A key demand is that an extensive system of monetary fines for prisoners is ended. At the moment, the authorities dock hundreds of shekels from each prisoner every time he commits one of a long list of "offences". These include singing inside a cell, hanging a picture on the wall, being late for roll calls, not reporting a crack in a cell wall, having a pen or letter on one's person or not shaving.
The money is deducted from the prisoners' "canteen", a pot to which an inmate's family, friends, charities and even the Palestinian Authority contribute and which pays for his toiletries, cigarettes, clothes, stationery, blankets and extra food. Families are not allowed to bring any food into the jails.
According to statistics revealed in the Knesset by Arab member Azmi Bishara in June, some 50,000 shekels ($12,000) were deducted from the 360 inmates of Shatta prison in the Lower Galilee in the first six months of this year.
Another major grievance concerns the authorities' refusal to provide proper medical services to inmates. There has been a steady flow of reports of seriously ill Palestinian detainees being denied access to doctors, or of prison doctors refusing to treat them.
Ghanim Baransi, a 24-year-old from the Israeli-Arab town of Taibeh near Tulkarem, is trying to sue prison authorities after his hand had to be amputated. He was refused treatment for six months after being shot by police who mistook him for a suicide bomber.
Baransi, who is a Palestinian citizen of Israel, is at least able to turn to Israel's civilian courts. Other security prisoners are less lucky.
After visiting detention centres, Arab Knesset member Abdul-Malik Dehamshe has raised several cases of sick inmates. In February Dehamshe protested that Raed Saadi, a prisoner in the Negev desert tent encampment known as Ketziot, was losing sight in his right eye because he had been denied surgery. In June Dehamshe asked for the early release of a long-standing prisoner, Mikdad Khatib, a diabetic from the Balata refugee camp, who had lost 20 kilogrammes since his incarceration.
Another elderly prisoner, 70- year-old Wasfi Mansour, who suffers from heart disease and diabetes, was moved without warning from Shatta prison after his case was taken up by Friends of the Political Prisoners. The group's lawyer was subsequently prevented from seeing Mansour.
But the most inflammatory grievances concern the authorities' refusal to install public telephones inside jails and the related policy of strip-searching inmates.
Deprived both of family visits and access to telephones to maintain contact by other means, prisoners have been smuggling small mobile phones into jails. As a result, prison authorities have been strip-searching inmates to find the phones.
Authorities claim the phones are being used to authorise and plan attacks by militant groups. Inmates say that if Israel installed prison phones their calls could be controlled and even monitored and that the need for the trade in mobile phones would end.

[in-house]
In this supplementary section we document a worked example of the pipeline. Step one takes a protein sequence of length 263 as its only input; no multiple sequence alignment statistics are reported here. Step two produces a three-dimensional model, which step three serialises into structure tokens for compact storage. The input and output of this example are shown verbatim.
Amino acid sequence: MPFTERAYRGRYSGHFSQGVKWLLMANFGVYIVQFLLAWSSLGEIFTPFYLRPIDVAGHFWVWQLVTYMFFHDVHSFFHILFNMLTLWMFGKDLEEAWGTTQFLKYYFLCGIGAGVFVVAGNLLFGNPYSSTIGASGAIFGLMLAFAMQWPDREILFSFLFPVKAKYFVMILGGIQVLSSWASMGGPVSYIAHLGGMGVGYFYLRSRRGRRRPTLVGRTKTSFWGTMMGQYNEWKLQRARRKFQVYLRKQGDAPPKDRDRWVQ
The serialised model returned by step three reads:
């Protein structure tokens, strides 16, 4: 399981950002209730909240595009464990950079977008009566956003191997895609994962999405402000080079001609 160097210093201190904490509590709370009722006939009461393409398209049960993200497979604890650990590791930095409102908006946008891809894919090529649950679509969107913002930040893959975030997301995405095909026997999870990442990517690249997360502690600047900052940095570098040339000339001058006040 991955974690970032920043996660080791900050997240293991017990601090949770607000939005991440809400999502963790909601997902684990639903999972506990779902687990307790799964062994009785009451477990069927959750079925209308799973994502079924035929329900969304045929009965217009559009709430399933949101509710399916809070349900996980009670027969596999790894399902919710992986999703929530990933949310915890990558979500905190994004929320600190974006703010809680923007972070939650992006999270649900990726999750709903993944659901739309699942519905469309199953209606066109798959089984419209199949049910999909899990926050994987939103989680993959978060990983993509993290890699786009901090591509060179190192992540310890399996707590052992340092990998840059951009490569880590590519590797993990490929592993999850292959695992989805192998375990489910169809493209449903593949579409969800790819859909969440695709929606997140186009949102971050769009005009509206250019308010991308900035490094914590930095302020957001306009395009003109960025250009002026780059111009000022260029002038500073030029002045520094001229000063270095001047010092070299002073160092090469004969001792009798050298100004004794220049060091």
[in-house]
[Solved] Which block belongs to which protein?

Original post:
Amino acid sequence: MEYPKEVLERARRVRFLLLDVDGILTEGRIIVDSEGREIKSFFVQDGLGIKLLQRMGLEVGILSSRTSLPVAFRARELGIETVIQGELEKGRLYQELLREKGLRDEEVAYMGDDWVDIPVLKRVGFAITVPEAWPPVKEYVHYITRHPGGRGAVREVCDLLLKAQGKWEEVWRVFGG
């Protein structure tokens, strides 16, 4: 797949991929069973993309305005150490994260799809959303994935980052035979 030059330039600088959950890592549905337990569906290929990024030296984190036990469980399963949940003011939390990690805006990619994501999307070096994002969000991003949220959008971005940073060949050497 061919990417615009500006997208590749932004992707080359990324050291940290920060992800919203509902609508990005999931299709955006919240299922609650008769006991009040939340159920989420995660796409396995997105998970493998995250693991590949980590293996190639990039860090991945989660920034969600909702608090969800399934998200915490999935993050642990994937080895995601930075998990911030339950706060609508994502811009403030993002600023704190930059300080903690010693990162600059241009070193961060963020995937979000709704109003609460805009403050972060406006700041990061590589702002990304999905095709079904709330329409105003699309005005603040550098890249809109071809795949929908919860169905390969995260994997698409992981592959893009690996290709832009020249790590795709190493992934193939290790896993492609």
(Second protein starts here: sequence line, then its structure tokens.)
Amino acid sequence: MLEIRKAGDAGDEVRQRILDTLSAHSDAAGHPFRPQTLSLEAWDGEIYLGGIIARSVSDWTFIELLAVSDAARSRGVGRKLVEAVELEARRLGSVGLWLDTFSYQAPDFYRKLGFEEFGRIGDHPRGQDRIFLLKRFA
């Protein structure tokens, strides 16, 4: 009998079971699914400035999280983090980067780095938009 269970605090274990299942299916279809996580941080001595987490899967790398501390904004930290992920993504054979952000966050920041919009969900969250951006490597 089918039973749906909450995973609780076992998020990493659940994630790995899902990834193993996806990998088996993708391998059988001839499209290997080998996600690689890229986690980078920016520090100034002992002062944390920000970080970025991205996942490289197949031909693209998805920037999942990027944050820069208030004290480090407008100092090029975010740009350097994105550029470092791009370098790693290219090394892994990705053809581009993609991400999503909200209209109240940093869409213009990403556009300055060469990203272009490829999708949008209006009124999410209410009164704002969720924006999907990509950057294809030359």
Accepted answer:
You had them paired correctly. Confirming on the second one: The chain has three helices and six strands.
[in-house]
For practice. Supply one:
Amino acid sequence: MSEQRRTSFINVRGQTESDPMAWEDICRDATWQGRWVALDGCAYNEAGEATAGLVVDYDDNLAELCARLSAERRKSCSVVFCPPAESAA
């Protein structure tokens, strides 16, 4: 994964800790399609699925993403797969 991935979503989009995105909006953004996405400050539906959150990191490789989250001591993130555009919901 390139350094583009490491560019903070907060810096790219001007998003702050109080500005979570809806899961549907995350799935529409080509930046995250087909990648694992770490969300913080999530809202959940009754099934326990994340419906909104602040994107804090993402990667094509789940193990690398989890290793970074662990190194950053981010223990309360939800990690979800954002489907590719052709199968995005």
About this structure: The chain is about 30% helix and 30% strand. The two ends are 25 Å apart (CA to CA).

Strip-searching has resulted in an increasingly hostile environment in many jails and several violent attacks by guards on prisoners. The worst incidents have occurred in two neighbouring prisons in the Lower Galilee, Shatta and Gilboa jails.
Last month the Public Committee Against Torture in Israel decried an incident, following a fight between an inmate and a guard, in which a special unit, the Nachshon, stormed a ward in the Gilboa prison and sprayed tear gas into the cells. The ward's prisoners were forcibly removed from their cells, they had their hands tied behind their backs and were forced to kneel in the yard in the midday sun. Severe beatings with batons resulted in more than a dozen prisoners being badly injured.
Another disturbing incident, which occurred in January, only came to light recently after the mother of one of the inmates concerned was able to visit her son.
Diana Hussein, aged 44, found out that her 18-year-old son, Rabiah, and two other prisoners had been left unconscious by a beating from guards after they refused to undergo a strip search in Shatta jail during a Muslim religious festival. According to reports, the guards then attempted to rape the three inmates.
Rabiah was placed in isolation for several weeks and refused access to a doctor. Unable to walk, he had to be carried to the bathroom for many days by other inmates. His mother says he is still in severe pain and has difficulty moving. "The doctors are refusing to treat him and giving him only Acamol [a mild, paracetamol-based pain killer]," she said.
Rabiah, from Deir Hanna in the Galilee, is one of 120 Palestinian citizens of Israel who are security prisoners. His mother therefore enjoys visiting rights denied to most other prisoners' families. Under threat from prison staff, Rabiah tried to conceal the attack from her. She only learnt of it after a letter was smuggled out of the jail and published in the Arab press identifying the hometowns of the three victims. Rabiah is the only political prisoner from Deir Hanna.
"I lost my mind when I read the story," she said. "I knew it must be him but I had to wait another 10 days till I was allowed to visit him. I sent letters to every Israeli official I could think of but none of them replied."
Diana says the scandal of Israel's prisons should be properly investigated.
"I see the row about what went on with the Americans in the Abu Ghraib prison in Iraq, but no one seems to care about the abuses of prisoners inside Israeli jails."